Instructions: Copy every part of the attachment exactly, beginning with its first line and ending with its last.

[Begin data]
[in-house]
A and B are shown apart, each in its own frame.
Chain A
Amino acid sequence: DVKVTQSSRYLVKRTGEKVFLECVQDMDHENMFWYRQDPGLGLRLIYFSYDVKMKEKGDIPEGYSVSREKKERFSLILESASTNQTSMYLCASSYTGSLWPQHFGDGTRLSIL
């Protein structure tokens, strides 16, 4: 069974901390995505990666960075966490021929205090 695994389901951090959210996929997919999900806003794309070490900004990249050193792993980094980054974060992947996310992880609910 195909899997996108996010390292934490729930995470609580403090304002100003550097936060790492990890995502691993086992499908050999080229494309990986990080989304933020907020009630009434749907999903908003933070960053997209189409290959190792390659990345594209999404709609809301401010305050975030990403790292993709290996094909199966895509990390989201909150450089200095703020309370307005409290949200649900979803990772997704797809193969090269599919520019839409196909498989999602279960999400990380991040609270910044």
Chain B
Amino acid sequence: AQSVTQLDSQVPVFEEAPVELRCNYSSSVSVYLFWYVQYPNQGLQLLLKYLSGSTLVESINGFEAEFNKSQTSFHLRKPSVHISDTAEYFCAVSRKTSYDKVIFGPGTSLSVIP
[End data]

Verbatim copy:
[in-house]
A and B are shown apart, each in its own frame.
Chain A
Amino acid sequence: DVKVTQSSRYLVKRTGEKVFLECVQDMDHENMFWYRQDPGLGLRLIYFSYDVKMKEKGDIPEGYSVSREKKERFSLILESASTNQTSMYLCASSYTGSLWPQHFGDGTRLSIL
């Protein structure tokens, strides 16, 4: 069974901390995505990666960075966490021929205090 695994389901951090959210996929997919999900806003794309070490900004990249050193792993980094980054974060992947996310992880609910 195909899997996108996010390292934490729930995470609580403090304002100003550097936060790492990890995502691993086992499908050999080229494309990986990080989304933020907020009630009434749907999903908003933070960053997209189409290959190792390659990345594209999404709609809301401010305050975030990403790292993709290996094909199966895509990390989201909150450089200095703020309370307005409290949200649900979803990772997704797809193969090269599919520019839409196909498989999602279960999400990380991040609270910044």
Chain B
Amino acid sequence: AQSVTQLDSQVPVFEEAPVELRCNYSSSVSVYLFWYVQYPNQGLQLLLKYLSGSTLVESINGFEAEFNKSQTSFHLRKPSVHISDTAEYFCAVSRKTSYDKVIFGPGTSLSVIP